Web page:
As city and town councils conduct business at their council meetings, they sometimes face the question of whether a specific action requires the passage of an ordinance. If the action does need an ordinance, that comes with the requirement of at least two readings, which take place on two separate days with at least six days in between them — and some local rules require three readings.
In some cases, when councils wish to express a position on an issue or draw attention to a particular issue, passing a resolution using one reading and one vote is appropriate. Resolutions are not permanent local laws, as ordinances are.
South Carolina law requires the passage of ordinances for many specific actions. There are cases where the law does not require an ordinance, at which time councils can choose either an ordinance or a resolution. The law requires ordinances in these cases:
Land use and regulation
Ordinances and Resolutions, a recent article in Uptown, take a look at the differences between the two. The article also addresses the requirements placed on how ordinances are handled after their adoption.
The Municipal Association’s Handbook for Municipal Officials in South Carolina also discusses the difference between and ordinance and a resolution in Chapter 3, which also covers the correct processes for council meetings.
In a few short weeks, lawmakers will return to Columbia to take up the business of South Carolina state government. The second half of the 2019 – 2020 legislative session brings with it the need for local leaders to engage with their legislators on issues crucial to supporting local authority to make local decisions.
City and town officials walk to the State House during Hometown Legislative Action Day.
There are several things that local elected officials and staff should do to help during the legislative session.
Keep up with the action
From the Dome to Your Home gives leaders a great way to learn more and stay engaged. This weekly recap email goes out on Fridays during the session, covering all the legislative activity that has the potential to impact South Carolina’s cities and towns. The content in From the Dome to Your Home also appears in the City Quick Connect podcast during the legislative session, along with added discussion from the legislative team.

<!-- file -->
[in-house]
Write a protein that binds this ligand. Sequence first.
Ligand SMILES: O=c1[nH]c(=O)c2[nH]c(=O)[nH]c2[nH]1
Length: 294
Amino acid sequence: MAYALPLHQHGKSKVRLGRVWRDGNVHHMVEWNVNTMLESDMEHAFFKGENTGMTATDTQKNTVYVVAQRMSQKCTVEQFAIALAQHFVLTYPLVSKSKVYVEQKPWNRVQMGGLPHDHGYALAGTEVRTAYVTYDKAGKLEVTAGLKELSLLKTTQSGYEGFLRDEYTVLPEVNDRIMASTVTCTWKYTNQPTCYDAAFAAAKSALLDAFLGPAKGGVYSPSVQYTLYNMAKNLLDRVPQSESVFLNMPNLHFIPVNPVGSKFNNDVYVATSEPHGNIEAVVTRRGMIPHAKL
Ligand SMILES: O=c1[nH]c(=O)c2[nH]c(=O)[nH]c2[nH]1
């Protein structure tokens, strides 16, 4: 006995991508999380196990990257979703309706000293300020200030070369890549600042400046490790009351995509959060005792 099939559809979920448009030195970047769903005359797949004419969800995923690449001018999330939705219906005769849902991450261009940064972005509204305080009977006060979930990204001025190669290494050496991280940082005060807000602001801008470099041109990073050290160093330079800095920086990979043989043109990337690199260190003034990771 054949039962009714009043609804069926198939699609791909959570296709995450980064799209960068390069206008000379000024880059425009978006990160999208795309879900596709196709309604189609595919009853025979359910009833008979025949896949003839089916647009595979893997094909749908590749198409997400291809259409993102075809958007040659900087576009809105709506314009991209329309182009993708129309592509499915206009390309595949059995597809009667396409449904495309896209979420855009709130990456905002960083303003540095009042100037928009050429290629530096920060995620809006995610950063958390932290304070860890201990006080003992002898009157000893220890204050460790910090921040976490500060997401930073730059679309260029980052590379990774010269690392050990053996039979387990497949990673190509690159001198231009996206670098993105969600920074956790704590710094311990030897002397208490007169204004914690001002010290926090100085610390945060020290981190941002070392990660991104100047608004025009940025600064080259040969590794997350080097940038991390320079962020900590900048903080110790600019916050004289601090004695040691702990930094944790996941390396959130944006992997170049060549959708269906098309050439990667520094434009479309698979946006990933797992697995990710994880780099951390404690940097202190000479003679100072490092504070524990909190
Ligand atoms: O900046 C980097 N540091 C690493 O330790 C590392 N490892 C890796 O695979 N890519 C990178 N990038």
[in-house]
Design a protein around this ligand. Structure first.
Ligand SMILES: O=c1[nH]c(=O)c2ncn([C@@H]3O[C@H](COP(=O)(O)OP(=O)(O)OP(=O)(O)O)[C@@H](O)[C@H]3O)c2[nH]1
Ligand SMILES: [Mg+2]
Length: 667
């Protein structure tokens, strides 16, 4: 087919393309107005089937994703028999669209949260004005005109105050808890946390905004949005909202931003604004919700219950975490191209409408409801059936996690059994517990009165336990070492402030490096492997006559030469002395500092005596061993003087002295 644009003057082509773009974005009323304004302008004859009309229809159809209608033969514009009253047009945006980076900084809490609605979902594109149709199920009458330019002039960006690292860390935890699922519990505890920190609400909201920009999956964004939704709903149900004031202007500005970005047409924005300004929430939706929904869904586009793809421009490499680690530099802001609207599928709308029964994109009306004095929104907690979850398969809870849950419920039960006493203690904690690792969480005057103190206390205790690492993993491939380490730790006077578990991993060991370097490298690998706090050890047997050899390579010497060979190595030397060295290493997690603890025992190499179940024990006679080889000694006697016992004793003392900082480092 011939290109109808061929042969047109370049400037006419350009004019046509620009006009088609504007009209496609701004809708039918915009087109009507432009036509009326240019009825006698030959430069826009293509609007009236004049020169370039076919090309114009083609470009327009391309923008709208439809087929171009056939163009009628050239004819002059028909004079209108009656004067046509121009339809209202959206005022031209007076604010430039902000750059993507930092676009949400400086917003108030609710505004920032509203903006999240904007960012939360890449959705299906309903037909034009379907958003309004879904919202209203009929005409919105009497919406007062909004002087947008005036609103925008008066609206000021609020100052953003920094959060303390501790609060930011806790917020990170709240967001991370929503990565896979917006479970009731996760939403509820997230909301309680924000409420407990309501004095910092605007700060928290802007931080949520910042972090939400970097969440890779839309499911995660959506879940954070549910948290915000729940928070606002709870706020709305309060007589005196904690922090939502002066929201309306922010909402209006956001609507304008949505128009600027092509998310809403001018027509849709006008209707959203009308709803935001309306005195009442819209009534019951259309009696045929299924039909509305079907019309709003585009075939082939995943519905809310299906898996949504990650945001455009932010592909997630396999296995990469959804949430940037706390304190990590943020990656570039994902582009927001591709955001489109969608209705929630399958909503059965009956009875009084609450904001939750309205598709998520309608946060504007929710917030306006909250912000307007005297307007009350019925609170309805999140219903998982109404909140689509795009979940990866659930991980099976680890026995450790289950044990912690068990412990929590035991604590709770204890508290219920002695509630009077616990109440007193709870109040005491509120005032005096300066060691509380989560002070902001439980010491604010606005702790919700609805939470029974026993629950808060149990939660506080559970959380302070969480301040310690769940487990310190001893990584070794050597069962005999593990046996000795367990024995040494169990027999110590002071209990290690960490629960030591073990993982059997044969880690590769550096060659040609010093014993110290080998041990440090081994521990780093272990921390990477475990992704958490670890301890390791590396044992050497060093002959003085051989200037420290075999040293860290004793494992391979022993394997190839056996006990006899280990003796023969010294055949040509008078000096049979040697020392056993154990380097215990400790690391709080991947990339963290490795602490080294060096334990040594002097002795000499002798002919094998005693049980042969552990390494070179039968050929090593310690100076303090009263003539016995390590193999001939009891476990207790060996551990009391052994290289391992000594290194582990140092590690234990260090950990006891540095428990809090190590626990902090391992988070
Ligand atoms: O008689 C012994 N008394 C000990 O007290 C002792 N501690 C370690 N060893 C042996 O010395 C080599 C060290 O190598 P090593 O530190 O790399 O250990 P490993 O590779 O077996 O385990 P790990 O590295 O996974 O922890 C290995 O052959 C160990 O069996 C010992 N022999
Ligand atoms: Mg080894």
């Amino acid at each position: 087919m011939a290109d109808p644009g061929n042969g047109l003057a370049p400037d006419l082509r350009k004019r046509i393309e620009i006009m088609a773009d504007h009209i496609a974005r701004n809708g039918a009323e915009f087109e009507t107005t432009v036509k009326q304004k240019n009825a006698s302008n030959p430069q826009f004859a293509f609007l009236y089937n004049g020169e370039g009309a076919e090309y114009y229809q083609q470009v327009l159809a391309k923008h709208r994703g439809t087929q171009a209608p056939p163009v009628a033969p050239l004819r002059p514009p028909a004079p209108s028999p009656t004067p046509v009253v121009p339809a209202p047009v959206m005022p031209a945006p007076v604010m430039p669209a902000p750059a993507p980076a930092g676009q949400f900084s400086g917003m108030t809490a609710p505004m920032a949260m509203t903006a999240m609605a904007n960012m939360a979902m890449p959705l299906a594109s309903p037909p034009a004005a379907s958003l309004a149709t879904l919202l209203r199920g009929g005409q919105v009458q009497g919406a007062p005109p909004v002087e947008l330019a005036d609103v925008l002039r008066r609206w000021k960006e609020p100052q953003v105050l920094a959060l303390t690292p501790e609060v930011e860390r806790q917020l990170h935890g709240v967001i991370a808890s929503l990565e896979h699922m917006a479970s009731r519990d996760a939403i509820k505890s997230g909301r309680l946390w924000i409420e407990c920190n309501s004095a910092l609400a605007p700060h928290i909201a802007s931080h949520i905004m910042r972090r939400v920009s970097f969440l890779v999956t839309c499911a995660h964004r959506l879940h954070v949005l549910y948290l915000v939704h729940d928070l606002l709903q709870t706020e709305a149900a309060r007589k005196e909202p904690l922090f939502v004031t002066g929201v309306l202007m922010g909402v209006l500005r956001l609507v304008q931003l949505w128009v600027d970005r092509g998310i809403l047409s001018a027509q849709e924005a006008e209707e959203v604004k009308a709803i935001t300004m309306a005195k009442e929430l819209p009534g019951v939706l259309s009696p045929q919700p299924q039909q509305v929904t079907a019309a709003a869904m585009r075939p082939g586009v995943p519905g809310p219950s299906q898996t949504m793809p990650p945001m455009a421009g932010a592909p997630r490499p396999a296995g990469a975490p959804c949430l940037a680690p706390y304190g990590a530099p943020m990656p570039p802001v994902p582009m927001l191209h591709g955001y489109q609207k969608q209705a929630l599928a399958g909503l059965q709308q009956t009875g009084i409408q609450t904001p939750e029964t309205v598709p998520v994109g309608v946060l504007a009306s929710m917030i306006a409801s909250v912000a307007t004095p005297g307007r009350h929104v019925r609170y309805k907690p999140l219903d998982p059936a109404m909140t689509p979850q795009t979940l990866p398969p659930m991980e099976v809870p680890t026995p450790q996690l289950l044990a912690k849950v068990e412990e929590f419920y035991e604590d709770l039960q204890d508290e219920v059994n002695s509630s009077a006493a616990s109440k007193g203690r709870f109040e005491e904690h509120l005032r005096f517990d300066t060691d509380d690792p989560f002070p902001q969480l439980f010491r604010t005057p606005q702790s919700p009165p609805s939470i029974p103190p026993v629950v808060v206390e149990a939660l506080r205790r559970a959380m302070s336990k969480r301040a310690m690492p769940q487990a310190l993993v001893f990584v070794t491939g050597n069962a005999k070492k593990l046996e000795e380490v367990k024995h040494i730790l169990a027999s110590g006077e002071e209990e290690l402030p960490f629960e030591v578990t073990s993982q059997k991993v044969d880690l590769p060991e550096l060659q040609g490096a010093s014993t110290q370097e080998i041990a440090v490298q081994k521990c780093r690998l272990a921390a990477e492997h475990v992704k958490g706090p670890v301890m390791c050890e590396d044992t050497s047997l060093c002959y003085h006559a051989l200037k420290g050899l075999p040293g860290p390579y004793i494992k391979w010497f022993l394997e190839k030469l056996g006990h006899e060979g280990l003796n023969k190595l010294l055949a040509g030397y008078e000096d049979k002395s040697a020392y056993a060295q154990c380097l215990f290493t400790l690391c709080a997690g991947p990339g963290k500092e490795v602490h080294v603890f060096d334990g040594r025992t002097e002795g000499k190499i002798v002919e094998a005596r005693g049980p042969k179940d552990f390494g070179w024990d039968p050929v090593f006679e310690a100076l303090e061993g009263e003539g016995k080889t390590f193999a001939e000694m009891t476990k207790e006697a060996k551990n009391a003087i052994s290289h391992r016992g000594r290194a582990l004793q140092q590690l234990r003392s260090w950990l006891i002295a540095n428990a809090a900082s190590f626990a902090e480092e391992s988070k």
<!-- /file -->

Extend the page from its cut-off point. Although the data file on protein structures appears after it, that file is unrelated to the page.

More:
It’s also possible to follow specific legislation that is mentioned in the weekly legislative reports through the Legislative Tracking System. For example, H4431 is a much-talked-about business license bill that would cause a number of complications in how business license taxes are calculated and structured.
Another example is S217, a bill which would give municipalities the ability to use revenue from hospitality and accommodations taxes to control and repair flooding in tourist-related areas. The bill represents the last of the Municipal Association’s advocacy initiatives that have not yet been completed in the current session. S217 has already been passed by the Senate and now waits for further action in the House Ways and Means Committee.
Connect with legislators
It’s not enough to know about the issues — city and town leaders need to remain in touch with their legislators so they can communicate about how particular bills would impact their communities. Building relationships and communicating effectively with legislators are skills that need to be honed. Those wanting to learn more about the process can check out the Municipal Association’s advocacy handbook, Raising Hometown Voices to a New Level of Influence.
It’s also critical to know which legislators to contact, given that some municipalities fall within multiple House and Senate districts. The online South Carolina Municipal Officials and Legislative Directory now allows for searching municipalities by their representatives and senators.
The Municipal Association’s Hometown Legislative Action Day, which will take place in Columbia on Tuesday, February 4, gives city and town officials a chance to meet with representatives and senators at the State House, and to learn more about legislative issues. Registration information is available on the Association’s website. Don’t wait until January 14 to call your legislators. If you haven’t already talked to them about important issues for 2020, do it now.
Hometown Legislative Action Day attendees meet with their legislative delegations in the lobby of the State House.